As goes the saying: "Callback. If it's not solving all your problems, you simply aren't using enough of it".
Here's an implementation for
class Deferrer: function promise(): return new Promise(self.resolver) function resolve(value): for on_fulfill in self._on_fulfilled: on_fulfill(value) function resolver(on_fulfilled): self._on_fulfilled.append(on_fulfilled)
class Promise: function constructor(resolver): self._resolver = resolver function then(on_fulfilled): self._resolver(on_fulfilled) return new Promise(resolver)
And finally here's a basic usage example:
function hello_world(name): print 'Hello ' + name + '!' function welcome_world(name): print 'Welcome ' + name + '!' deferrer = new Deferrer() promise = new deferrer.promise() promise.then(hello_world).then(welcome_world) deferrer.resolve('Igor') # prints `Hello Igor!` and `Welcome Igor!`
With this, we contain the complexity to two classes, the rest of the application becomes easier to read: instead of nesting callbacks we can chain them.
Deferrer both look neat. But what's the link with our scheduled
EventLoop? Turns out the link is Filesystem.
Thankfully we've got a solution for that: wrapping "blocking" filesystem operations in a class that will simulate a "non-blocking" behavior:
- ask for regular arguments (e.g.
filename), and an additional
- execute the "blocking" operation in a thread pool, which acts as a
Deferrerand returns a
- set the
Promisecallback to add
EventLoop, scheduled immediately
Here's an implementation example of such a wrapper:
class NonBlockingFilesystem: function constructor(event_loop, filesystem, thread_pool): self._event_loop = event_loop self._filesystem = filesystem self._thread_pool = thread_pool function open(file, on_opened): promise = self._thread_pool.map(self._filesystem.open, file) promise.then(lambda file_descriptor: self._on_file_opened(file_descriptor, on_opened)) function _on_file_opened(file_descriptor, on_opened): self._event_loop.scheduler.append(1, on_opened, file_descriptor) function read(file_descriptor, on_read): promise = self._thread_pool.map(self._filesystem.read, file_descriptor) promise.then(lambda content: self._on_file_read(content, on_read)) function _on_file_read(content, on_read): self._event_loop.scheduler.append(1, on_read, content)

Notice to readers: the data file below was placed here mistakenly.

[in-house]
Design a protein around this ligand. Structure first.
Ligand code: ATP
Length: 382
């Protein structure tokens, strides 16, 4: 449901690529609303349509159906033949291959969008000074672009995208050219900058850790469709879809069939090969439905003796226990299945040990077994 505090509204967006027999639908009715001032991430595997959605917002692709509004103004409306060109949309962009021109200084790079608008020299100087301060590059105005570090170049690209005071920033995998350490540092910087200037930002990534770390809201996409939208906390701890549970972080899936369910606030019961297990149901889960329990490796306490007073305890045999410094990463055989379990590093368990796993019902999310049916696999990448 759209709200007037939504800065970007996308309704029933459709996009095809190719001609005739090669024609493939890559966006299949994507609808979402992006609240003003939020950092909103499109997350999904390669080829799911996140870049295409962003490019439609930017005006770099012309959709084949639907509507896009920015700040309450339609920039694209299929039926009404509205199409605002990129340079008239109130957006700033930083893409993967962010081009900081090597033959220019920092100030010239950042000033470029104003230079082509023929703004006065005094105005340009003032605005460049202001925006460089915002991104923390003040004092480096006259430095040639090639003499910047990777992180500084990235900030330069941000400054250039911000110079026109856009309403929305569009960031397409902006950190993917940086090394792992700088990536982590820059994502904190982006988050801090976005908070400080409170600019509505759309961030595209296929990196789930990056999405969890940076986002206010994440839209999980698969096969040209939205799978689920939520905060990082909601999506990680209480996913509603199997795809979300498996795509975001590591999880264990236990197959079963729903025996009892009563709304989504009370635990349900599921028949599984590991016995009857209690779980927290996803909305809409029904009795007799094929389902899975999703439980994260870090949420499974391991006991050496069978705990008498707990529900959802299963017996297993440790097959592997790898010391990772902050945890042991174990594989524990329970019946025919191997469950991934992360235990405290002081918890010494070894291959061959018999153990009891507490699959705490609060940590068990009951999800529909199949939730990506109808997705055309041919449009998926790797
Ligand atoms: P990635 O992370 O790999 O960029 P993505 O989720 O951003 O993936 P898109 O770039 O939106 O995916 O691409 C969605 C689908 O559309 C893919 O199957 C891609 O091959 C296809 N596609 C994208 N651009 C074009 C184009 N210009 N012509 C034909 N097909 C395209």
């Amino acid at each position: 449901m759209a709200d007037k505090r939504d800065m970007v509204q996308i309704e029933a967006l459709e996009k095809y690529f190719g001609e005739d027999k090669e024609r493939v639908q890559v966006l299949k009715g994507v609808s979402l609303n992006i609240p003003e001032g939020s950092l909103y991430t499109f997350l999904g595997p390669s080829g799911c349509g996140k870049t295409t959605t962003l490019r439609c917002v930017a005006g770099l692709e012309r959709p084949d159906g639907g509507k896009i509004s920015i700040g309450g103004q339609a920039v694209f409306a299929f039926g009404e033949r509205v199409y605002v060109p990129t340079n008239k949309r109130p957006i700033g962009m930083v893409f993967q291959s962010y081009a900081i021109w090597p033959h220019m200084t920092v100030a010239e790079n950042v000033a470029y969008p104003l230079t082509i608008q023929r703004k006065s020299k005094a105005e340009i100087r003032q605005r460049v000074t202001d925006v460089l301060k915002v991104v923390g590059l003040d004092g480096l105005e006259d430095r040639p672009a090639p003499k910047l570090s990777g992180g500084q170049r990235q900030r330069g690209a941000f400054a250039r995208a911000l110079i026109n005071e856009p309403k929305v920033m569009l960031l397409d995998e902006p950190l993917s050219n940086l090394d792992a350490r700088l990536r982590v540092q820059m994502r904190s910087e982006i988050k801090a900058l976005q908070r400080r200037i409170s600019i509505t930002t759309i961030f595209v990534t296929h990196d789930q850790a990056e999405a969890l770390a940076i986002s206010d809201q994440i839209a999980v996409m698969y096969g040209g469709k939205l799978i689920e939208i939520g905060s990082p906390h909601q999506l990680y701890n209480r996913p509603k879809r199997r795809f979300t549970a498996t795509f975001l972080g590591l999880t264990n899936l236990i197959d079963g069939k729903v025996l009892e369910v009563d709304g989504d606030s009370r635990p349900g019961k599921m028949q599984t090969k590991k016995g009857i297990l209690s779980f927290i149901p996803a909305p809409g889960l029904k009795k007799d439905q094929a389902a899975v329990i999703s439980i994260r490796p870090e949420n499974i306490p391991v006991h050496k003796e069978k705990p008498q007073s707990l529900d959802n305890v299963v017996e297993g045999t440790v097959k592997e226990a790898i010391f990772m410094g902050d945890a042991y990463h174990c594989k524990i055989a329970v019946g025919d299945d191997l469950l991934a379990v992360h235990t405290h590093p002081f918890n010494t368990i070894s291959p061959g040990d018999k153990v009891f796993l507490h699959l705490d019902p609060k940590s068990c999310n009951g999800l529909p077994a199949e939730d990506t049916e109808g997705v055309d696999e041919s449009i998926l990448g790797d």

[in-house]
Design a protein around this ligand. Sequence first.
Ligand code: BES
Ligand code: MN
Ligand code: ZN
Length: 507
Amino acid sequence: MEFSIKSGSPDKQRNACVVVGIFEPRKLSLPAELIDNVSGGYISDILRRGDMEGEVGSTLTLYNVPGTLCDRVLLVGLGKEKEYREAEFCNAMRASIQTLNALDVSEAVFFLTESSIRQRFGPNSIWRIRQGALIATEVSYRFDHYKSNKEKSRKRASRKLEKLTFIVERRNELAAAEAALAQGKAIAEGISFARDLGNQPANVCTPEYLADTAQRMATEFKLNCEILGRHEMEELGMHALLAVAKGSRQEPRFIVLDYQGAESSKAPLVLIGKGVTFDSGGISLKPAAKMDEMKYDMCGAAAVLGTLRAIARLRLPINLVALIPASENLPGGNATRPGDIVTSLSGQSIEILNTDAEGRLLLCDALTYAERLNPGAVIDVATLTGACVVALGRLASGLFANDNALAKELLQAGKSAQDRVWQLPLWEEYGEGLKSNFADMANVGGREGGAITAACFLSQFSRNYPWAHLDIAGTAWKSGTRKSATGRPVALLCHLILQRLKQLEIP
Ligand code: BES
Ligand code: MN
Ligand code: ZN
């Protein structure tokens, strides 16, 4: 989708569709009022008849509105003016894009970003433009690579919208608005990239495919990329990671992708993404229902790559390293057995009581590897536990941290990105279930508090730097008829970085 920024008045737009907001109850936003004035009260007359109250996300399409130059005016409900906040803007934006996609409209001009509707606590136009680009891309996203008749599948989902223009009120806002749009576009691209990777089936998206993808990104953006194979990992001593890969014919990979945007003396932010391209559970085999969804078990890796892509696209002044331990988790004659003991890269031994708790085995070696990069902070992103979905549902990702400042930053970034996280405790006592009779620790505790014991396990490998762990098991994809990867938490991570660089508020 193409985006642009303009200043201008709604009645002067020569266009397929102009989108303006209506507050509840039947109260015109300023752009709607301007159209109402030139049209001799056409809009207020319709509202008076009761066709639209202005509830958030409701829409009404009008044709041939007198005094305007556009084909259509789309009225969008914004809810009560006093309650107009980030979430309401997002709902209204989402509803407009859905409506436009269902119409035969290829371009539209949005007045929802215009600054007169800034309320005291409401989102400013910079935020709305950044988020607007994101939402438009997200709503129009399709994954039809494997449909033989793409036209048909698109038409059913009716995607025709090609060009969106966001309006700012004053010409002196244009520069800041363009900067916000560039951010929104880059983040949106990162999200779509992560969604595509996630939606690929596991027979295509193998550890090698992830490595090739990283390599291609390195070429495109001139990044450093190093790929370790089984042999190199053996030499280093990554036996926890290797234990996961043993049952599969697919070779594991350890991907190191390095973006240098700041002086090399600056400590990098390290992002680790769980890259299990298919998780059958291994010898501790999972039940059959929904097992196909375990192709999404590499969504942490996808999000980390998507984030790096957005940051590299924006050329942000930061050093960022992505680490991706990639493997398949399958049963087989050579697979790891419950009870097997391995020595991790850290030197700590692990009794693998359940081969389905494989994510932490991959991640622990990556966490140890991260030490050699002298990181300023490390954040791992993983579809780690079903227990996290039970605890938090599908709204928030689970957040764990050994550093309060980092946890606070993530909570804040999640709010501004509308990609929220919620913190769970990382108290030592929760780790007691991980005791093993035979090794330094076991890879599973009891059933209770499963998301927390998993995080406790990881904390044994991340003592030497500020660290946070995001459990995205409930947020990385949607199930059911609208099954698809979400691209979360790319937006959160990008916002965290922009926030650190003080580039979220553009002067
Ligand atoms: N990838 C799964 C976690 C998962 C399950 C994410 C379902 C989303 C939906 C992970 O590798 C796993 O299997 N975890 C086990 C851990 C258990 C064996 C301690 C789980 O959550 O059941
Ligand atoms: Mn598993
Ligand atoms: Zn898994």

By deferring actual filesystem operations to threads, our HTTP server can accept more connections and handle more clients until the call is ready.The thread pool is usually set up with 4 threads.
As goes the saying: "Threading. If it's not solving all your problems, you simply aren't using enough of it... NOT!".
For once, limits are good. If we put too many threads in the pool, we’ll soon reach another limit: the number of filesystem operations allowed by the kernel. If we increase this limit, we’ll soon reach another limit: the number of filesystem operations physically allowed by the hardware (some people tried it, they ended up with burned disks).
Note: Our server and application are still single-threaded. The use of a
ThreadPoolis done in a decoupled way, isolating us from multi-threaded issues.
By "non-blocking I/O", Node.js means that it's using an Event Loop to make use of the network latency to handle multiple clients in parallel.
It's been built with libuv, a low-level C library which embeds in its Event Loop many types of Schedulers and a Thread Pool: it allows it to simulate "non-blocking" behavior by wrapping "blocking" calls (e.g. Filesystem).
Instead of implementing our server in a "sequential" way, like Apache2 does, we can instead implement it with "polling events" in mind: nginx is using this "Event-Driven Architecture" and it allows it to outperform Apache.
Systems built in this way often use Promises, as they help us perceive our "asynchronous" code as "synchronous".
If you're interested to read more on the topic, here are some links:
- PHP - build your own server
- ReactPHP - components
- ReactPHP - reactive PHP events
- PHP - co-operative PHP multitasking
- Node.js - When is the Thread Pool used?
- Node.js - Thread Pool usage
- C - the C10K problem
- C - Handle multiple socket connections with fd_set and select on Linux
- C - Introduction to non-blocking I/O
- C - libev documentation
- C - libuv documentation
- C - libuv online book
Note: In the PHP landscape, there are many libraries that allow us to build Event Driven applications:
There's even a PHP Async Interop Group that started researching, to create PHP Standard Recommandation (PSR) for Event Loops, Promise, etc.